In July of 2006 a small group got together to walk from Garmisch-Partenkirchen in Germany, through the thinnest part of Austria and on to the Italian border – naked. This was the NEWT, or Naked European Walking Tour, and was planned as a repeat of a similar walk I had completed alone in 2005 and described on the http://www.naktiv.net web site. We started at 9am on July 1st from the bahnhof (train station) at Garmisch and set off beside the river towards the Mittenwald forest, discarding our clothes as we each felt comfortable along the route, between the town and the entrance to the Partenklamm gorge. The gorge cost 2 Euros each to walk through, and I paid for all of us so as to speed up the process. Although the lady behind the cash desk looked a bit bemused, she seemed fairly comfortable with the sight of 7 naked men queueing up at her counter. Another punter, one of a mixed group of clothed men and women hovering nearby, requested to take a photograph of this unusual sight, and curiosity satisfied, we set off up the cold, dark gorge. The water churned through the tight rocky confines, waterfalls sprayed from high above in the distant sunlight as we followed the winding trail carved from the eastern side of the gorge walls, just above the raging torrent below. The cool air blew freshly over our naked skin. We passed several groups of people in the gorge, one girl looking back as she held her mother’s hand, another couple squealed with surprise as they noticed us, but no-one appeared overly concerned, even this close to such a major tourist town as Garmisch. After a while we left the gorge, having survived the ‘blooding’ of our naked walk – our first encounters with textiles (people wearing clothes), and certainly not our last. We continued alongside the river, passing a pair of women on the opposite bank who waved encouragingly to us as they took photographs of this perhaps unusual sight.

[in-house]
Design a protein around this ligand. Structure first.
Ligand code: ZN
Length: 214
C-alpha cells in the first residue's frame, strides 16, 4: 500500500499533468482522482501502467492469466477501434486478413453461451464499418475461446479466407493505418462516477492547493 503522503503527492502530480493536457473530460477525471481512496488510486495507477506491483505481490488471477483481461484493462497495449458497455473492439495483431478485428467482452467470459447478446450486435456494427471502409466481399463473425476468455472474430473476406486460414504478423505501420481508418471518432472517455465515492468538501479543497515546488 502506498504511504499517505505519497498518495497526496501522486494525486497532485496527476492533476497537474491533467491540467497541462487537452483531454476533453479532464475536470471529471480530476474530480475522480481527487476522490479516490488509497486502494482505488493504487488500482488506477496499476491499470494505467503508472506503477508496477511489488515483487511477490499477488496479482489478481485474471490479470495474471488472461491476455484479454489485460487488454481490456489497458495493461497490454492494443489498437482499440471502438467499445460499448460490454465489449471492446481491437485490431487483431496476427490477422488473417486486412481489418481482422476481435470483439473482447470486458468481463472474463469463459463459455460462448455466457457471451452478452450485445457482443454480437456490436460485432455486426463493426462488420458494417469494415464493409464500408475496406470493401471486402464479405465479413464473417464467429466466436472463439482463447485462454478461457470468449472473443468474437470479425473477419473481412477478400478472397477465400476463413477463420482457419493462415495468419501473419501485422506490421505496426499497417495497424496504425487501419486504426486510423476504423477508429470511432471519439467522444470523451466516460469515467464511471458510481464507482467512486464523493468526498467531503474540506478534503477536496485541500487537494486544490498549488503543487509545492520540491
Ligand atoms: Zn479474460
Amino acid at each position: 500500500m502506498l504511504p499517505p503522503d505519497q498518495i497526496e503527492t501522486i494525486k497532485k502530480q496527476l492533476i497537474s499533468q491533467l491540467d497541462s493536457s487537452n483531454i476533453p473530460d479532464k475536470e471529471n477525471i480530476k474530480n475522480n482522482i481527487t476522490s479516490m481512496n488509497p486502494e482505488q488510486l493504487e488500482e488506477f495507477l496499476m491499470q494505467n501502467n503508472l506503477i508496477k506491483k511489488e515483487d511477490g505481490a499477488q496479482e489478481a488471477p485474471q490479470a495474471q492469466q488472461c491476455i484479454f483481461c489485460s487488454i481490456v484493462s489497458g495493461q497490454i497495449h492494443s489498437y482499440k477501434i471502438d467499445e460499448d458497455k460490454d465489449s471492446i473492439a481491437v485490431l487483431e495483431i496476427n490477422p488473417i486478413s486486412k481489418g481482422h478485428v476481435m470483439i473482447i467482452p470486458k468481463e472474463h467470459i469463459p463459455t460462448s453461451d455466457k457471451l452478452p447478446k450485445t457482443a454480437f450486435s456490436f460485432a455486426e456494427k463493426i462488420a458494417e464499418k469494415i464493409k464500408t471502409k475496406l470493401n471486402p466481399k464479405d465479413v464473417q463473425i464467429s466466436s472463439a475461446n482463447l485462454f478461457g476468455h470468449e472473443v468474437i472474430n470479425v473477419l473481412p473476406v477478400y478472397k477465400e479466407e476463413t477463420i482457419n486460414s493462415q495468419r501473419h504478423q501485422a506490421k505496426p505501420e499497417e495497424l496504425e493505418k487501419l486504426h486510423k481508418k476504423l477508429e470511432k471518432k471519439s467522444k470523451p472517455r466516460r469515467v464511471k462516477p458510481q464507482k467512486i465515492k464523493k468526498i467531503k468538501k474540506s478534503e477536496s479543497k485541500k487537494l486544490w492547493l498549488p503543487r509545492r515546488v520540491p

All of us were experienced naked hikers but this was our first trip together. We were an interesting mix of people from different countries: including Britain, France, New Zealand, Switzerland and the United States of America. Our professions were equally varied including a librarian, an ex-prison officer, a grounds- and handy-man for a castle estate, a programmer and author, a translator and an unemployed wastrel. Although the average age was near 50, we ranged right up to 76! Extraordinary though it might seem, at 46, I appeared to be the baby of the group. An unrelenting grind up the Kalbersteig, winding through the trees, gained most of our height for that day. Konrad, the Swiss Bear, carried David’s old and heavy cotton Italian army rucksack for the steep sections, a mighty demonstration of solid mountain strength. We spent the day walking along forest trails below the Wetterstein, an enormous wall of limestone towering above the pine trees of the Mittenwald. Along the route we met several cyclists – a particularly pleasant encounter was one girl who rode through our group on her mountain bike giving us the thumbs up, and calling out enthusiastically and with a big grin: “Nice outfits!” After a pause for an apfelschoerle, (applejuice mixed with fizzy water, and very refreshing), at the Ferchensee gasthof next to an idyllic lake, we continued for another couple of hours and ended our days walk with dinner at the Gletscherschliff gasthof. Here we lost David, the American, the walk was too strenous for him, and his ancient army rucksack with very thin shoulder straps had proved most uncomfortable.